13 Oct

Map of the Week: L’Enfant Plan

By Sooin Choi

When Washington, DC was decided as the capital of the United States, French engineer and architect Pierre Charles L’Enfant asked George Washington to design the new capital city.  Washington appointed L’Enfant as the city planner in 1791, and L’Enfant drew up the city map, which would widely become known as the L’Enfant Plan over the following few months. 

L’Enfant was given the vast land that sits at the confluence of the Anacostia and Potomac rivers to design. Washington, DC was his tabula rasa, and he imagined the city to capture the grandeur and power of the new federal government. Inspired by French Baroque philosophy, L’Enfant designed wide avenues to preserve the views of the government buildings, which he located at the center of the city. When walking around the National Mall where important federal buildings sit, one can spot wide green spaces that resemble the avenues of the Versailles Palace. 

In fact, the design of Versailles and the L’Enfant Plan only differs by about a hundred years. L’Enfant also studied art with André LaNotre who designed gardens at the Palace of Versailles. Both Versailles and the District’s layouts are examples of Baroque landscape architecture. 

So what’s unique about the Baroque style? When many hear the term Baroque architecture, often one pictures the extravagant and elaborate buildings of Rome, Vienna, and Prague. However, the Baroque architecture, when applied on a macro-scale city-wide level, brought a new way of organizing the urban space. Originating in Italy in the 17th century, the Baroque style put palaces and places of government function at the center of the city. The neighborhood no longer became the main unit of planning. Instead, Baroque planners focused more on avenues and streets that led to government quarters.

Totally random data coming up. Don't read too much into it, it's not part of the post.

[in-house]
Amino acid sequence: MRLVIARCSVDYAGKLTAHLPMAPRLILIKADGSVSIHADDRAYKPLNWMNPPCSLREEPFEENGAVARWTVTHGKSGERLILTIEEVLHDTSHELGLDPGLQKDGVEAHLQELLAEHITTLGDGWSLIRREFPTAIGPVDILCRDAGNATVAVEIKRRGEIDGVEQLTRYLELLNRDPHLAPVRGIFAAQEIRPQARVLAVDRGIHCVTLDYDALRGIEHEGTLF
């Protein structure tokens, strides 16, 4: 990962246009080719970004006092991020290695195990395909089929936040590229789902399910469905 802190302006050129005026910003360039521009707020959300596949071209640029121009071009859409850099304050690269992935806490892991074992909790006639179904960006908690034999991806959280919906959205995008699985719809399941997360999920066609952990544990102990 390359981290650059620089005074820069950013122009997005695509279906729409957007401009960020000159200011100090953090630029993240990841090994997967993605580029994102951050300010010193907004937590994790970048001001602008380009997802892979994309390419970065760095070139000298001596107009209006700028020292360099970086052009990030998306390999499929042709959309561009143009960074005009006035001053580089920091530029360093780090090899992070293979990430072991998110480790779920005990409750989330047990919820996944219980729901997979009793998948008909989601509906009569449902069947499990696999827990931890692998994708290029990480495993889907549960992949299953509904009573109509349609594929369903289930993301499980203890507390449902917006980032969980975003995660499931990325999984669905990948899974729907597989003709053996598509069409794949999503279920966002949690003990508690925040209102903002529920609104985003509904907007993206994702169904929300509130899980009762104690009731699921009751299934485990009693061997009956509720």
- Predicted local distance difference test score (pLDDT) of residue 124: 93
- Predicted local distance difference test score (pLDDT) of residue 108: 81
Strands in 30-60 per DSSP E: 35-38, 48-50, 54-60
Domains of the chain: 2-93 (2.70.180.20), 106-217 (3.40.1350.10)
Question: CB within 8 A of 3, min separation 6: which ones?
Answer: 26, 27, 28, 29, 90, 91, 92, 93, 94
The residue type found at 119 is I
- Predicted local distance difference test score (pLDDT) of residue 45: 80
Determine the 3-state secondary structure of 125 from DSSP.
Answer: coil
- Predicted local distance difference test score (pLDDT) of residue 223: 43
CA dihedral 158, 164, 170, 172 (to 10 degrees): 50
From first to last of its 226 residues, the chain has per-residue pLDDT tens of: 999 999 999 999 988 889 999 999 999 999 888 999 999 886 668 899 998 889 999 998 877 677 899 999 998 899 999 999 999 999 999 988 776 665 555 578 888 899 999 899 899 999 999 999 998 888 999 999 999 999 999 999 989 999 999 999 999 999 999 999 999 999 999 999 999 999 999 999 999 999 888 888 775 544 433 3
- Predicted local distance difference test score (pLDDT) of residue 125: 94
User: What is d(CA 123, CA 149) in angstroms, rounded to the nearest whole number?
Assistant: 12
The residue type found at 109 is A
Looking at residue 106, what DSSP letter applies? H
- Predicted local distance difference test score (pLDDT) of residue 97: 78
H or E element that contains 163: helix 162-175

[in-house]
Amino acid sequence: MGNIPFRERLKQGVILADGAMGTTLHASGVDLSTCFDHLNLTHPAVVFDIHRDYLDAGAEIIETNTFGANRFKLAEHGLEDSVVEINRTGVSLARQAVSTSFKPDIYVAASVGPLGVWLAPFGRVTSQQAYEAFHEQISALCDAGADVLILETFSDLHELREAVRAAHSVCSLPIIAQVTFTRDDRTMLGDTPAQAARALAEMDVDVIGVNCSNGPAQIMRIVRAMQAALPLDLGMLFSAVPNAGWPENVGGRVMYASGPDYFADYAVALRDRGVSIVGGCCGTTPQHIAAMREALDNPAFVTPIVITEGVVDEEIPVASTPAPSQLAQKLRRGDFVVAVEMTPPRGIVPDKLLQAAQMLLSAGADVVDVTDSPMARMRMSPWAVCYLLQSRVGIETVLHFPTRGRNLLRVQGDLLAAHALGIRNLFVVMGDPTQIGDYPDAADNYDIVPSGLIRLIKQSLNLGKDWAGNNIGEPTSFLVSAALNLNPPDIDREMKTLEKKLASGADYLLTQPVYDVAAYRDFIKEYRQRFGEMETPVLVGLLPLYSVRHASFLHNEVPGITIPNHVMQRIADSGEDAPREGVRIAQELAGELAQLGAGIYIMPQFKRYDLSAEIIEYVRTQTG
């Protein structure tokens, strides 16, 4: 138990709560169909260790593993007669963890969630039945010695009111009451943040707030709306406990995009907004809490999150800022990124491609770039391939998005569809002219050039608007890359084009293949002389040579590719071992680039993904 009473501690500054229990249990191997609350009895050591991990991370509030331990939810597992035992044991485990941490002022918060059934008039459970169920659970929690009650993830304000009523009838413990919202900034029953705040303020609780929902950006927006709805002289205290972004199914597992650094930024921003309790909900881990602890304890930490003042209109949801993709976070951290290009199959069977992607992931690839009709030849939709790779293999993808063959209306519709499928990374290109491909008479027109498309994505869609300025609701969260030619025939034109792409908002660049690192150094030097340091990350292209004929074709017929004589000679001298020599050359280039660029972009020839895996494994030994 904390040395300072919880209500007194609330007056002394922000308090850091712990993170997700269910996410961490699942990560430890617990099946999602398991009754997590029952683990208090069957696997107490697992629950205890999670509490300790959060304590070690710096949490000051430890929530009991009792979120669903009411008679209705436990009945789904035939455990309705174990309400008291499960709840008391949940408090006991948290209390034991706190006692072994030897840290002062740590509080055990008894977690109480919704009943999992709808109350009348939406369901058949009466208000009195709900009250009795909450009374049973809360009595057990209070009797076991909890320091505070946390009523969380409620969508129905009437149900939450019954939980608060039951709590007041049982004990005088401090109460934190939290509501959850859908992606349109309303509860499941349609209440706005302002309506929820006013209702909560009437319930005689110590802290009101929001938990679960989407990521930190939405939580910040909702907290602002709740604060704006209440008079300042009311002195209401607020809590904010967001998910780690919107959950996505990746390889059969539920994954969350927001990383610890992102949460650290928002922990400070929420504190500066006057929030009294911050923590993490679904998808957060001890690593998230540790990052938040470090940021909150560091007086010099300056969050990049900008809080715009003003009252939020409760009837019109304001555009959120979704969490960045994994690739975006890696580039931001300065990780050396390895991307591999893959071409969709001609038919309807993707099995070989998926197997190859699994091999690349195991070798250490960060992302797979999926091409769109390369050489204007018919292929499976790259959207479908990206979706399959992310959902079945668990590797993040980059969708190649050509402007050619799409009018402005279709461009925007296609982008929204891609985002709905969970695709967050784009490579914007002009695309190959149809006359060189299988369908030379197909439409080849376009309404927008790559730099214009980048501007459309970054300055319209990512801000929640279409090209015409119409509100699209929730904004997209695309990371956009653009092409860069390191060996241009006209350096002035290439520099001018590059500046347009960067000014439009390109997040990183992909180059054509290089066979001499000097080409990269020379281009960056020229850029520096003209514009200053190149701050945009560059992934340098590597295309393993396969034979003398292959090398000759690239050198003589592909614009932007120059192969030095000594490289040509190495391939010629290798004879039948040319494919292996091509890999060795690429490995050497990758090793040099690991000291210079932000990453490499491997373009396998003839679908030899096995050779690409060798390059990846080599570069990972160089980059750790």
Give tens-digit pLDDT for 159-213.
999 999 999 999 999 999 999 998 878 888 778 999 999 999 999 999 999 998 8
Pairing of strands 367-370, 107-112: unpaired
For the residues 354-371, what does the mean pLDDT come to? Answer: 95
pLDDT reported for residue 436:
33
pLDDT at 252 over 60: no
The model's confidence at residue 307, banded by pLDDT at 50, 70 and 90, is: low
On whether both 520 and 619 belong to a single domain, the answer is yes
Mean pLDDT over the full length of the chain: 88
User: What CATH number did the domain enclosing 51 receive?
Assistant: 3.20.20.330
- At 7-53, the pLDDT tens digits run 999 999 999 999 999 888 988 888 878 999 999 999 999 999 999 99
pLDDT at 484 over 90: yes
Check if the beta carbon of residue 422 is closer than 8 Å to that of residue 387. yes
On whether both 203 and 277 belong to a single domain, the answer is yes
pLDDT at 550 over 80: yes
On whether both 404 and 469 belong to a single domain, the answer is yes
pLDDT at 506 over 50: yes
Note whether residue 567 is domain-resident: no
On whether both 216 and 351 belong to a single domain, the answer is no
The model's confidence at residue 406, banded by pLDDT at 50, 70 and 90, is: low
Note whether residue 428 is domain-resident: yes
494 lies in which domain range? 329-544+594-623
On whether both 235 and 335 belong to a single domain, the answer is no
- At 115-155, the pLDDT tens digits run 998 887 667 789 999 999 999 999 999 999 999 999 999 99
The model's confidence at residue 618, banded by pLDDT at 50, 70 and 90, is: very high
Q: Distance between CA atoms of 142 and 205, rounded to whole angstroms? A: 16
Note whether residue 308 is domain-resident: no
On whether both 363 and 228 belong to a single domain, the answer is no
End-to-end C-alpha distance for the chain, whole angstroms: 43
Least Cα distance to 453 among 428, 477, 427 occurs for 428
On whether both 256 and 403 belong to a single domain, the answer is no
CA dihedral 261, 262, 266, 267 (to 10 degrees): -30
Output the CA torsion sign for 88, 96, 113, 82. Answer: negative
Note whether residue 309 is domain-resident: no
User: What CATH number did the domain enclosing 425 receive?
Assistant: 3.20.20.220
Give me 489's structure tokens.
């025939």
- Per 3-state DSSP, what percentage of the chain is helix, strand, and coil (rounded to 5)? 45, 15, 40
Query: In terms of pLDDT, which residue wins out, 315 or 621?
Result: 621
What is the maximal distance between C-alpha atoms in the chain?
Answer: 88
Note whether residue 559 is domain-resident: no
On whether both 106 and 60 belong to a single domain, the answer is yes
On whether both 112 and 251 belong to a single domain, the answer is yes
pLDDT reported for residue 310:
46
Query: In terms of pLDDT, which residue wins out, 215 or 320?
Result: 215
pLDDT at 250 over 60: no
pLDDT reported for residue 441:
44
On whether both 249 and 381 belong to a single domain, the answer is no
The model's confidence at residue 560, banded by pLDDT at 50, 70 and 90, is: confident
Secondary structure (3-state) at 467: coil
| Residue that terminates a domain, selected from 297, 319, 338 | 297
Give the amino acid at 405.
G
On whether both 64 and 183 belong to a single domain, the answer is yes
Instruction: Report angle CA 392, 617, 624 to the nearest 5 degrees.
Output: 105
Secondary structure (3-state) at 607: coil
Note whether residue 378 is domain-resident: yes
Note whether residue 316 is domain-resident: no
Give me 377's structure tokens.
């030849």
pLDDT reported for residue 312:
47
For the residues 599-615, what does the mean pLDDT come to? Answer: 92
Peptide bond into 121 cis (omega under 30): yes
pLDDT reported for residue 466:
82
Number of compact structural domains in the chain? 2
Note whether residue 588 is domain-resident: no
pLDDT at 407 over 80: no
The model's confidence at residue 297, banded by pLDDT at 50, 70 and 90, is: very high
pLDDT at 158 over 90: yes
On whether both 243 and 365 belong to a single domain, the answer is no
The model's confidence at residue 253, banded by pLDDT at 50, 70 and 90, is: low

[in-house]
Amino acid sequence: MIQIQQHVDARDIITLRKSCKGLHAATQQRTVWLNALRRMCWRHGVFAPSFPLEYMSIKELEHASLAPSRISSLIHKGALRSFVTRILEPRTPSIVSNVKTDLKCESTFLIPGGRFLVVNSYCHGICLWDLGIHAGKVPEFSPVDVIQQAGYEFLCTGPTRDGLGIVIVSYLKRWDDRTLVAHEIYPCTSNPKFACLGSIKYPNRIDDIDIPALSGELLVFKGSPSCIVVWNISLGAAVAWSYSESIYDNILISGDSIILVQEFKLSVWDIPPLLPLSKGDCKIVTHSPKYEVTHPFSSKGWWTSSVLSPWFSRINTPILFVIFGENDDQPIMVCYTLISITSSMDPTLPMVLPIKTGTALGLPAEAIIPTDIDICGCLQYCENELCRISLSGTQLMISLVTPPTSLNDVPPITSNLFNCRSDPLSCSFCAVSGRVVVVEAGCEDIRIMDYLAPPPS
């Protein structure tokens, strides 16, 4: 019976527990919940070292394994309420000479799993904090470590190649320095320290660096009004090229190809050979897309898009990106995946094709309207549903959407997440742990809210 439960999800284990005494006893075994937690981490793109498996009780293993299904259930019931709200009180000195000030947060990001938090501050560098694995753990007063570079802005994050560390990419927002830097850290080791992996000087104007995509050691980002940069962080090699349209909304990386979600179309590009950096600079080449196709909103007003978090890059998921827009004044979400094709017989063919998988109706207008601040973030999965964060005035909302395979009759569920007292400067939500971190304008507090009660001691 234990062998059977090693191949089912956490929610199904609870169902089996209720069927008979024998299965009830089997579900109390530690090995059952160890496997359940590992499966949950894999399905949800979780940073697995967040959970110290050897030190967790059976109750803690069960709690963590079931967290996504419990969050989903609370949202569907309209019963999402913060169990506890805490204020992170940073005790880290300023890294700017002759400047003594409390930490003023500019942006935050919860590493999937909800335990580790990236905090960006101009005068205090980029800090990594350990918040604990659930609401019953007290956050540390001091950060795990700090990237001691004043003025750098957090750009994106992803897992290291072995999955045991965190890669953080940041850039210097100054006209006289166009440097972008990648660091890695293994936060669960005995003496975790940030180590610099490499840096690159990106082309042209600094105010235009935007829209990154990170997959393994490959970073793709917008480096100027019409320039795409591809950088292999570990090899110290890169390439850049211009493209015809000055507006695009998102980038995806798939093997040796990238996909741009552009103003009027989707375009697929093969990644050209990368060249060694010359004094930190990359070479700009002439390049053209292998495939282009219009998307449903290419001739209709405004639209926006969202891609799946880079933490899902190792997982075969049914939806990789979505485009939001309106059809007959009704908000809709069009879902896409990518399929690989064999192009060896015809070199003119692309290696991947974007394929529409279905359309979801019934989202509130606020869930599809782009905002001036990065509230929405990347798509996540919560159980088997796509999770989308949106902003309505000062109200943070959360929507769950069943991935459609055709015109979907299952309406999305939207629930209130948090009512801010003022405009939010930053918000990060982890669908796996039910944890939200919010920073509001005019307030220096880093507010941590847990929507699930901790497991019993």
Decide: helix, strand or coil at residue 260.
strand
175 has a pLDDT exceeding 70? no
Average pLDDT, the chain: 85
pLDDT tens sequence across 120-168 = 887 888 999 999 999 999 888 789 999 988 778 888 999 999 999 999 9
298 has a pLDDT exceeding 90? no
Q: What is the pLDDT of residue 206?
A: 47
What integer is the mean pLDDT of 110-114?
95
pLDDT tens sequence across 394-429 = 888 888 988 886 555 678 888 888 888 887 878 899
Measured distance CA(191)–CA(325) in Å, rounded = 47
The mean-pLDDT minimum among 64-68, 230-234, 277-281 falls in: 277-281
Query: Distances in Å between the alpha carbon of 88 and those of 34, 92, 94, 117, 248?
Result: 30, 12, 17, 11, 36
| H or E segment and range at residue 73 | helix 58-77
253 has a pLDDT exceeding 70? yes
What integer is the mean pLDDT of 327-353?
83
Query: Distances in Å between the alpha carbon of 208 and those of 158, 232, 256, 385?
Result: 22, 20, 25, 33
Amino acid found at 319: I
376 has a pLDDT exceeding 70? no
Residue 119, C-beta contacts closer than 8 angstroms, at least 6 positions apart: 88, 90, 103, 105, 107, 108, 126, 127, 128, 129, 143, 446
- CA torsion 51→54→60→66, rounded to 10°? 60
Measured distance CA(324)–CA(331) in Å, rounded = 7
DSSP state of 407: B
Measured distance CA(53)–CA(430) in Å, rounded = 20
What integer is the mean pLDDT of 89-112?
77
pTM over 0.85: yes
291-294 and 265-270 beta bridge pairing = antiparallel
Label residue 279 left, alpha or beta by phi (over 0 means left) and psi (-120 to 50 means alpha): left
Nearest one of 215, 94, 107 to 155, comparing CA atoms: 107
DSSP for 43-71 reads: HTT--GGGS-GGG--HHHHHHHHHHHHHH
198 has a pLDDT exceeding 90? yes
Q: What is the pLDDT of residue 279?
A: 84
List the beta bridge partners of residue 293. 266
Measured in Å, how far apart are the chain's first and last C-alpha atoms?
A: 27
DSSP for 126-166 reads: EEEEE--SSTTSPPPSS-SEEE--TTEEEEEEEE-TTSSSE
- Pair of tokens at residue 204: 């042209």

A proponent of Baroque architecture, L’Enfant began his planning of DC by designating the location of the National Mall, then drawing out the streets and avenues. Only afterwards, residential spaces occupied the remaining areas left on his map. 

Of the 60,000 acres of land, L’Enfant only reserved 1,965 acres for building lots. This was less than two-thirds of the land that he planned for streets and avenues. In fact, it is not difficult to discern this from his plan. On the map, the white spaces are public space while the squares outlined in black are private. Above all, the National Mall was planned as the most important place in the entire city. The wide stretches of spaces in and around the Mall often make visitors feel smaller, adding to the federal buildings’ sense of grandeur. 

Beyond Washington, Baroque architecture’s influence in capital cities remains powerful. Consider Brasilia, the capital of Brazil; although built much later than both Versailles and DC, the ubiquitous green space and wide streets that lead up to the National Congress look all too familiar. Although in different parts of the world, these spaces have the same effect: amplify the importance of the government.